Making the Most of Office Hours
Student-faculty interaction is an important part of the college learning experience. Office hours serve as one component in the realm of interaction. However, as faculty often note, office hours are underutilized by students. Resolving the issue of underutilization requires that we first understand the reasons why students avoid office hours. A 2017 study by Smith et al. provides some potential answers.
Why Students Do Not Attend Office Hours
One of the main reasons students avoid office hours, according to Smith et al., is a lack of understanding regarding the purpose of office hours. Students may not know what happens during office hours, thus making them hesitant to go. Also, they may believe that office hours are only for asking specific questions, or that they are only meant for students in "emergency" situations (e.g., failing a course). Some students noted that they thought they should only go if they couldn't figure out the answers on their own.
A second reason implies that students see physical (or in-person) office hours as not worth the effort. In Smith et al.'s study, this centered primarily around convenience. For example, for students who noted that a faculty member was easily reached via email or phone, it was more convenient to communicate using those methods. Regarding email, many students in the study noted that they believed email was the preferred mode of communication for their instructors. Largely noted in the study was the inconvenience surrounding office hour times and location. For example, office hours were during times when the student was in another class or working. Additionally, the location of office hours was out of the way or would require a return to campus for commuters.
Finally, instructor approachabilty and awkward interactions are other areas of concern for students. If an instructor is not deemed approachable or appears to actively discourage office hour visits, then students are less likely to go. For example, one respondent in the study quoted a faculty member as saying, "I don't have time to help you. You can't just come to me with questions that take a long time to explain. That's considered private tutoring" (Smith et al., 2017, p. 23). Other student respondents noted that seeing an instructor alone can feel intimidating or they felt like a burden to the instructor. Some of the respondents implied that they felt they were interrupting the faculty member's work.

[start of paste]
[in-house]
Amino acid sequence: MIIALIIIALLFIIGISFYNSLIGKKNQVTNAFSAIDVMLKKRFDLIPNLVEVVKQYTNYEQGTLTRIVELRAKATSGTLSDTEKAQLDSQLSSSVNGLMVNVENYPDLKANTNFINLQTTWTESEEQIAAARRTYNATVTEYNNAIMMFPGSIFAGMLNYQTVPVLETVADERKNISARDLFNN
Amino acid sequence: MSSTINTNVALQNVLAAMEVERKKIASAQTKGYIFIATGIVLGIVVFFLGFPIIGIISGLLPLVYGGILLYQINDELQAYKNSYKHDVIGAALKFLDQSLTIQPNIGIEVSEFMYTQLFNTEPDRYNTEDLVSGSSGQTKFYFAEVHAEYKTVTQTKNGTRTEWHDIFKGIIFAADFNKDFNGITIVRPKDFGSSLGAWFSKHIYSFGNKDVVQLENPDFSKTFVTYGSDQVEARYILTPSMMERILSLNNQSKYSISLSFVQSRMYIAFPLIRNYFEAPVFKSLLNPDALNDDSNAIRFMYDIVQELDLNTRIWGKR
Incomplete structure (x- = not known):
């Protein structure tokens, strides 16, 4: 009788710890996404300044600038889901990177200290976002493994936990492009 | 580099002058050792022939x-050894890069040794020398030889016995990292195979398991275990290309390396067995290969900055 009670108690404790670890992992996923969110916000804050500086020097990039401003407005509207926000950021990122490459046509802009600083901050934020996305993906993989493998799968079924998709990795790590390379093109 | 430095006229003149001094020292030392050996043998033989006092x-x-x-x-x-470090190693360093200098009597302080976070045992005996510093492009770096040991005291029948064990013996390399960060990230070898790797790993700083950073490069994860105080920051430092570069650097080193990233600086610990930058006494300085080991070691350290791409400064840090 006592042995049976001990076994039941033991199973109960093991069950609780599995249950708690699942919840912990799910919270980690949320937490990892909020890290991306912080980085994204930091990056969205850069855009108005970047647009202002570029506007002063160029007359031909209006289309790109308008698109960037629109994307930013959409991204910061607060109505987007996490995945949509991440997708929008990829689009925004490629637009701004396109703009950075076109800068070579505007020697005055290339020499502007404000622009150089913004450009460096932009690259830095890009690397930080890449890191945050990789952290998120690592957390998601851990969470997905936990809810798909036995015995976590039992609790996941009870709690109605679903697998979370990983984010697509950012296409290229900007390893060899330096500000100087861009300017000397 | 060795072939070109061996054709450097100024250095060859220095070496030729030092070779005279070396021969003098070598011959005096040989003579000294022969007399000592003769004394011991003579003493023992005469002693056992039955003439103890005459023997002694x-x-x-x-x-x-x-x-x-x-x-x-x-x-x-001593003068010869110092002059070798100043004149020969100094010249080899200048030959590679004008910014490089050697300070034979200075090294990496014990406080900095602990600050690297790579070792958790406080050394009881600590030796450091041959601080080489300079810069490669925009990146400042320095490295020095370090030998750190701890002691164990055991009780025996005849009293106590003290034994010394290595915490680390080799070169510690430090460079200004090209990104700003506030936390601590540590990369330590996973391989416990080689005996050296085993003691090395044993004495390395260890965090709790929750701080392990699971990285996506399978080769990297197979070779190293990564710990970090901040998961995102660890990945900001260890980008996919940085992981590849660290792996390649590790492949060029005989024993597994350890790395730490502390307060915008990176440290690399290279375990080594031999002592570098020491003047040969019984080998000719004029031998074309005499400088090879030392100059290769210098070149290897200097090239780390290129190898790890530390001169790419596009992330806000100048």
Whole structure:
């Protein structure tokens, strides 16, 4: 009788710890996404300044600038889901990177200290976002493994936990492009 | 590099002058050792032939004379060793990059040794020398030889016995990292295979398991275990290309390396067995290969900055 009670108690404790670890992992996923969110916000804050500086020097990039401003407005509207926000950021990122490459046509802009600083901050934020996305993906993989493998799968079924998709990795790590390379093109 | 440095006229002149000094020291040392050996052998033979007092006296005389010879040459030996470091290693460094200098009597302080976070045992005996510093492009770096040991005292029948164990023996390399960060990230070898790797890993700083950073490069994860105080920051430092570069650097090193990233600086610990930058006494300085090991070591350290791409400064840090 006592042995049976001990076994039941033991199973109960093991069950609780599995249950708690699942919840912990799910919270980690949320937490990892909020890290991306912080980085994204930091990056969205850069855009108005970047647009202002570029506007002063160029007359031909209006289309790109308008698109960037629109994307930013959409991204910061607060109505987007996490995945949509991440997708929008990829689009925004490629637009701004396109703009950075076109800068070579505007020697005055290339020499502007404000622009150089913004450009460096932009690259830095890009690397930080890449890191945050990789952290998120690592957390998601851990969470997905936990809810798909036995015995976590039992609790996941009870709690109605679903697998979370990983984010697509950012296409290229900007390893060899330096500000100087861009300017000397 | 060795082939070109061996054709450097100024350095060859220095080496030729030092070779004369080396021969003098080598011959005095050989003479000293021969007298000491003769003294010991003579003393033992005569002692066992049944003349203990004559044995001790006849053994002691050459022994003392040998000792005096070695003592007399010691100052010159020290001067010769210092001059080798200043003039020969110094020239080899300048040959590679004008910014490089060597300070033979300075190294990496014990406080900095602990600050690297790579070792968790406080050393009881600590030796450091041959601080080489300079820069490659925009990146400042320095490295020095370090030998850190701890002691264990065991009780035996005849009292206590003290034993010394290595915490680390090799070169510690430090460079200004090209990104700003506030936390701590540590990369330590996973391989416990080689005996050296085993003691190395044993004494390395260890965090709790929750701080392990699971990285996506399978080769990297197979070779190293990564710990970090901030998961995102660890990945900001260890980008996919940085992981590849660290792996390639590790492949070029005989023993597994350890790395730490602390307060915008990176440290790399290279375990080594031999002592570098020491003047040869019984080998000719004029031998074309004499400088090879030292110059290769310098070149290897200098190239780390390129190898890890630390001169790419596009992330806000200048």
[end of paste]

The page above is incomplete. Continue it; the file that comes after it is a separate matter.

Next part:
Tips for Restructuring Office Hours
The following suggestions are intended to address the concerns mentioned by Smith et al. in their study. Each instructor's teaching context is different, however, so consider what works best in your teaching situation.
Explicitly stating what happens during office hours and the potential benefits of attending can help students better understand the purpose and value. Extending the purpose beyond specific course or assignment questions can help students see that office hours can serve as a time to get career advice, mentorship, discuss research opportunities, and so forth. Explain that office hours are times devoted to help them, the students, and not times that you are in your office working on your own work (to help counteract the perception of interrupting the faculty member).